I’m discussing this now as Voyager is, this week, a princely quarter of a century old which a) is fantastic and b) is terrifying for someone who grew up with it. Voyager first debuted when I was 12, almost 13 years old. I had discovered Star Trek on TV probably around a year earlier, having wore out VHS copies of The Search for Spock and The Wrath of Khan while in single digits. I liked The Next Generation. I already *loved* Deep Space NineVoyager, therefore, I greeted with enormous excitement. This was back in the days when in the UK they would release two episodes of a season in VHS tapes for DS9 & VOY every few weeks (these would cost more than a monthly Netflix subscription does now) and I bought them religiously up until, I would say, probably about the end of Season 4. Then something happened.

Well, two things happened. Firstly, this was around 1998 and as a sixteen year old leaving school, I was beginning to discover that being a Star Trek fan openly wasn’t doing me any good if I ever wanted to cop off with a girl. Secondly, I realised that I didn’t actually *like* Voyager all that much, and maybe I never had. Not in comparison to DS9, which aside from The X-Files and Babylon-5 around this point was the show I had lived and breathed during the 90’s. I started to realise that, a few episodes aside, I never found Voyager at all compelling.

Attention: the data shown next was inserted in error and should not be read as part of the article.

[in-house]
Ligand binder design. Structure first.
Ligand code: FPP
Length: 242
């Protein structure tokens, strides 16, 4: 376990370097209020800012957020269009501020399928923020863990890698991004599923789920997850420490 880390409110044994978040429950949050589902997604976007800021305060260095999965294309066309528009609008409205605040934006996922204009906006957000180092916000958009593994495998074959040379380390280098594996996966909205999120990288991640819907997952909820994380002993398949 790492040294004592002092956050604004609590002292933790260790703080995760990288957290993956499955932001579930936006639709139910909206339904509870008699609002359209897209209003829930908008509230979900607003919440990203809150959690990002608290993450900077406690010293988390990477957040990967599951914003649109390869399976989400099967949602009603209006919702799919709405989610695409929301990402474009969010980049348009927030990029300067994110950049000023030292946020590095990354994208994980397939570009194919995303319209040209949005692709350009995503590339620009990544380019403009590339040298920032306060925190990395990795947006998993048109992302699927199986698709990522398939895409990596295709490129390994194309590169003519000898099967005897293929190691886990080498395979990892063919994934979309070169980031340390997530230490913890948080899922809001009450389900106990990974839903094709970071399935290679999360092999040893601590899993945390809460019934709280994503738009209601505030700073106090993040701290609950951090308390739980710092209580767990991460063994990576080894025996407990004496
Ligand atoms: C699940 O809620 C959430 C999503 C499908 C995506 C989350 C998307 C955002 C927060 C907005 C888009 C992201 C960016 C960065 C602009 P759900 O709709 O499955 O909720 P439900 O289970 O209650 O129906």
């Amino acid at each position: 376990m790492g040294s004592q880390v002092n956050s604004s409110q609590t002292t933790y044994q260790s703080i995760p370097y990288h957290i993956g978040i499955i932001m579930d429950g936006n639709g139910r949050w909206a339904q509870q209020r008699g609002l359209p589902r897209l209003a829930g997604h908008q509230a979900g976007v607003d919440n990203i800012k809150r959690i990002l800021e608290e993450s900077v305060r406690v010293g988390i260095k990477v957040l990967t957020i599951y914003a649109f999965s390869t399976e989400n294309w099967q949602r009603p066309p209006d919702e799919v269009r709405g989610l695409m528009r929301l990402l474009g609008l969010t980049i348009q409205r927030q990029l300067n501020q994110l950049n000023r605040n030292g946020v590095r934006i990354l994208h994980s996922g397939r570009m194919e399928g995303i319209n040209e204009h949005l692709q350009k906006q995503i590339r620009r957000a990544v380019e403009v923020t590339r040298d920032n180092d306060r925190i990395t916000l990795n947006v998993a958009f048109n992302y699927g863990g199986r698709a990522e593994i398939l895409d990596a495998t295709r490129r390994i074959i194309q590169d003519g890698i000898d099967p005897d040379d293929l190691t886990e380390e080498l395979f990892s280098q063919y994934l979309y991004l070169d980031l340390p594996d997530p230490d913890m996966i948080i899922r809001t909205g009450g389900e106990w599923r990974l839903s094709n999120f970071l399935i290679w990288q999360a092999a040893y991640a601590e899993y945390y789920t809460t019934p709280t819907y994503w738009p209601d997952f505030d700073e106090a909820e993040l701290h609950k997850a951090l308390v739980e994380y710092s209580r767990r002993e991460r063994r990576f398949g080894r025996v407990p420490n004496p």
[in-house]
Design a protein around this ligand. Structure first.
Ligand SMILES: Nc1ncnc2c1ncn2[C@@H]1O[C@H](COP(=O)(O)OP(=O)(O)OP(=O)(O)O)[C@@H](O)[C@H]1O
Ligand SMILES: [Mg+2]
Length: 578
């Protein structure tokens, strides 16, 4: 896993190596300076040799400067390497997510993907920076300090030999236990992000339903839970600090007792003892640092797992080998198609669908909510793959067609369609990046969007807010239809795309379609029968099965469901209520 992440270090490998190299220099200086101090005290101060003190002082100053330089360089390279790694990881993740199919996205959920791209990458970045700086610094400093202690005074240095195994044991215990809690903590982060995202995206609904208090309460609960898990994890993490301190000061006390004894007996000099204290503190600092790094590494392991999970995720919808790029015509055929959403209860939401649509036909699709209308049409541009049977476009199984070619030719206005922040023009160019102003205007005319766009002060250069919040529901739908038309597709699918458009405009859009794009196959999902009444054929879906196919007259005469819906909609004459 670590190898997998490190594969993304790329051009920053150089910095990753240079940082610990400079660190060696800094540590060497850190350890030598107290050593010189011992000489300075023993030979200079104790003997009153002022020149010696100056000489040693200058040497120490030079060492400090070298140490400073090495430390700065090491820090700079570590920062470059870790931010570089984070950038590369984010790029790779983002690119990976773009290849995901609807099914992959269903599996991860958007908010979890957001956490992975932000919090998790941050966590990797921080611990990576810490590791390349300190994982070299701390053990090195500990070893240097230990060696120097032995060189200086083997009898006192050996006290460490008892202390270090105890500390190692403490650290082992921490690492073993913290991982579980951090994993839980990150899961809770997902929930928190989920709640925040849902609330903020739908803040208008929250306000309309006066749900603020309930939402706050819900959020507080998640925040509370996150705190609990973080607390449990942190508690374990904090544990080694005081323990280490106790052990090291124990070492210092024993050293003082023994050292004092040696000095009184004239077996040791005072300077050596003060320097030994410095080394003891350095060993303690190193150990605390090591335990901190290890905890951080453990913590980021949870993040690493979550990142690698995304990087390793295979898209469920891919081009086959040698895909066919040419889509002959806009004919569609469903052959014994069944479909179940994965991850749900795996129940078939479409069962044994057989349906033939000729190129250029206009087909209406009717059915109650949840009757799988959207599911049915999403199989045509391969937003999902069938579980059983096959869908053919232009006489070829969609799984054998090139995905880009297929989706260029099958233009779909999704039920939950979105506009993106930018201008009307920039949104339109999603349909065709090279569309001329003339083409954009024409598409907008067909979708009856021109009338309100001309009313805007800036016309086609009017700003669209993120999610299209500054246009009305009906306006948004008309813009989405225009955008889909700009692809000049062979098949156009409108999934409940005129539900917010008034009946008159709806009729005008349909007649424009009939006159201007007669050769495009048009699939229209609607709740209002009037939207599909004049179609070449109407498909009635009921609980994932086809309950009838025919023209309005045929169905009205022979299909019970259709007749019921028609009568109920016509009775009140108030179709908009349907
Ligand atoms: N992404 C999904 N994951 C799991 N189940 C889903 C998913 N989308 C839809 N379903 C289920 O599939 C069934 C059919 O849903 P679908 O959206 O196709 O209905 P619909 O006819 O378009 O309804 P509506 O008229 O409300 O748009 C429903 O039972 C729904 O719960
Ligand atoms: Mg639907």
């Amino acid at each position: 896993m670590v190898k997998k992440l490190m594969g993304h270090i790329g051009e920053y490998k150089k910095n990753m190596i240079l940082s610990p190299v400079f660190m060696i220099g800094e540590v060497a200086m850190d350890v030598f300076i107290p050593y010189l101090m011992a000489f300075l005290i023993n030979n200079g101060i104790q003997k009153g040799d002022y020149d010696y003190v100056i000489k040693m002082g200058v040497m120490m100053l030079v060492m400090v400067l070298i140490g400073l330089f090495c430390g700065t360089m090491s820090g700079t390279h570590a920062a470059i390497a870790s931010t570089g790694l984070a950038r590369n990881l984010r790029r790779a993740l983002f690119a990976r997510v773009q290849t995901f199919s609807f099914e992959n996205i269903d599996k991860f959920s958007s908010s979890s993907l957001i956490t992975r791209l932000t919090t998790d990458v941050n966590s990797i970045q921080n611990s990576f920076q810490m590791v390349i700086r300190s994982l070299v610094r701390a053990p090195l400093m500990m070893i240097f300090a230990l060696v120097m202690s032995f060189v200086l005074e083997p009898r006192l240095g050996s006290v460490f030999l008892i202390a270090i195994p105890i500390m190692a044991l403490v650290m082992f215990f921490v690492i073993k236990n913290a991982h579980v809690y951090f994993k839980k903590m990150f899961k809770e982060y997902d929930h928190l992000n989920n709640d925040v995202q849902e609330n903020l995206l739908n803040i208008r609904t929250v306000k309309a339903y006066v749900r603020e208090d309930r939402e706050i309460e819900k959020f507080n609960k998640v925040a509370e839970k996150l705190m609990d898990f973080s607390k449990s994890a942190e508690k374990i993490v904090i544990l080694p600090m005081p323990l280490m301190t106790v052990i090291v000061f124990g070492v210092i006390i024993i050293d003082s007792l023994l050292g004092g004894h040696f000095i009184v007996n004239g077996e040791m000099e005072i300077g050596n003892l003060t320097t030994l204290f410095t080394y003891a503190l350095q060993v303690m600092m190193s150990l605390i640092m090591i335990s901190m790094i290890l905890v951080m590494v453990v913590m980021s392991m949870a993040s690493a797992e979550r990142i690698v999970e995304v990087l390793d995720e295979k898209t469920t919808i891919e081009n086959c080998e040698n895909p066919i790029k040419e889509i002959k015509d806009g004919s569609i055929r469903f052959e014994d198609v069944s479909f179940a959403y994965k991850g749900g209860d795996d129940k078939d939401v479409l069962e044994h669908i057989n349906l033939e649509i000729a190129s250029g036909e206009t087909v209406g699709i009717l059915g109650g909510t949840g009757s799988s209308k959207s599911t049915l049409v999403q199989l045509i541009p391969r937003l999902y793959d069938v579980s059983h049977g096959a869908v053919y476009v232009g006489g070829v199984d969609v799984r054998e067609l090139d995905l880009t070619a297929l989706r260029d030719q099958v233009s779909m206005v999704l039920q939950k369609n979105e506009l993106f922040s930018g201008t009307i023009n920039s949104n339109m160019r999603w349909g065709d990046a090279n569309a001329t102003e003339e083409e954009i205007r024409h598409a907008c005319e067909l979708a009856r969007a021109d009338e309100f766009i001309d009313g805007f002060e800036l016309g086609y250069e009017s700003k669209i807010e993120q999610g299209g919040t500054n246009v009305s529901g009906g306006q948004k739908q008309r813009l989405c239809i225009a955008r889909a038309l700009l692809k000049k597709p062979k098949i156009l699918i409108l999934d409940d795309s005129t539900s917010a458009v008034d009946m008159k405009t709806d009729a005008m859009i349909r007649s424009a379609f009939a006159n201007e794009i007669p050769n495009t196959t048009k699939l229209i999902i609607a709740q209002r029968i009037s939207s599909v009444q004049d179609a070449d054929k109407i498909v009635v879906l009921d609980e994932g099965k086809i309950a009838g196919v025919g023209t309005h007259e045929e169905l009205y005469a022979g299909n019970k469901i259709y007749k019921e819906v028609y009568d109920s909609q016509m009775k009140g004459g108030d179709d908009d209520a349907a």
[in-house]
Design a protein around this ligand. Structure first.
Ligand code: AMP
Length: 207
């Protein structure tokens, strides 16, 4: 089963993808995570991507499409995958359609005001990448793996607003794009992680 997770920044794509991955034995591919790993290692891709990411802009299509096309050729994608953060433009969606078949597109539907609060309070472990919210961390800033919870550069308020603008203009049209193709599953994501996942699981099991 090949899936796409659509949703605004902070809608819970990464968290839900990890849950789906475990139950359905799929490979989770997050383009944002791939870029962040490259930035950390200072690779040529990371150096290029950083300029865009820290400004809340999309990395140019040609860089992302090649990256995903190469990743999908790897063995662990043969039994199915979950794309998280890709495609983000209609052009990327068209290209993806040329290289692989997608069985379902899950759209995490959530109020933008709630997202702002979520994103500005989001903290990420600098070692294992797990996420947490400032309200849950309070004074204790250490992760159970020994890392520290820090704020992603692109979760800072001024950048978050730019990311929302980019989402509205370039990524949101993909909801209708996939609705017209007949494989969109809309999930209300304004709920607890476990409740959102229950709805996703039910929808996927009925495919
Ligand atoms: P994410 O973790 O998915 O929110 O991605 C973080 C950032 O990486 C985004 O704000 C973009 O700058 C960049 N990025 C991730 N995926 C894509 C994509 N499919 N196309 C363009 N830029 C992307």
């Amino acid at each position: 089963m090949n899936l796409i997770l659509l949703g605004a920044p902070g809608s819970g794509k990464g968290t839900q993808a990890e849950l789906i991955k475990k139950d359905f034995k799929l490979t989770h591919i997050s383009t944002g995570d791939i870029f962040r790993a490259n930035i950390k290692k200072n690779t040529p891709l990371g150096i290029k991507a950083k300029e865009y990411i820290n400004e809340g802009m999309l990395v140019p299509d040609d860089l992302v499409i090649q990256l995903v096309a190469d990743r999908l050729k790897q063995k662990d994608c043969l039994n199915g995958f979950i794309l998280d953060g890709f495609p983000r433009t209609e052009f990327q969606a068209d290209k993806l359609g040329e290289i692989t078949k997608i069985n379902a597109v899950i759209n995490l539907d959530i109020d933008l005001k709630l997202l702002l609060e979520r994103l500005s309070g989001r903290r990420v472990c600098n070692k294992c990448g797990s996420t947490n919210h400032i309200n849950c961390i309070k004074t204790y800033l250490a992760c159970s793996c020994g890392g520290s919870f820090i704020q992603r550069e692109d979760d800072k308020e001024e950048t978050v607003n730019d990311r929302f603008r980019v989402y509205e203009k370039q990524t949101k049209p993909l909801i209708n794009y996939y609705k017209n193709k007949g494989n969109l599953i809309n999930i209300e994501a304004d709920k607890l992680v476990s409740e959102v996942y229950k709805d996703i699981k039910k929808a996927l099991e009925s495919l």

New Podcast: MOTION PICTURES #7 – ‘The Heroes Journey’ (Star Wars Episode IX: The Rise of Skywalker)

Merry Christmas!

It’s the latest episode of my podcast about cinema with my friend and podcast buddy, Carl Sweeney.

Motion Pictures is designed to be more of an informal, free-flowing chat about movies, geared around a topic of the week. There will also be choice episodes around an idea, whatever takes our fancy really! It’s an exciting project.

In this episode, we discuss the biggest cinematic release of 2019 – Star Wars Episode IX: The Rise of Skywalker.

With the recent release of the concluding chapter, George Lucas’ original story of the Skywalker family comes to an end after 42 years of twists and turns, prequels and sequels, and a complete transformation of Hollywood and cinema around it.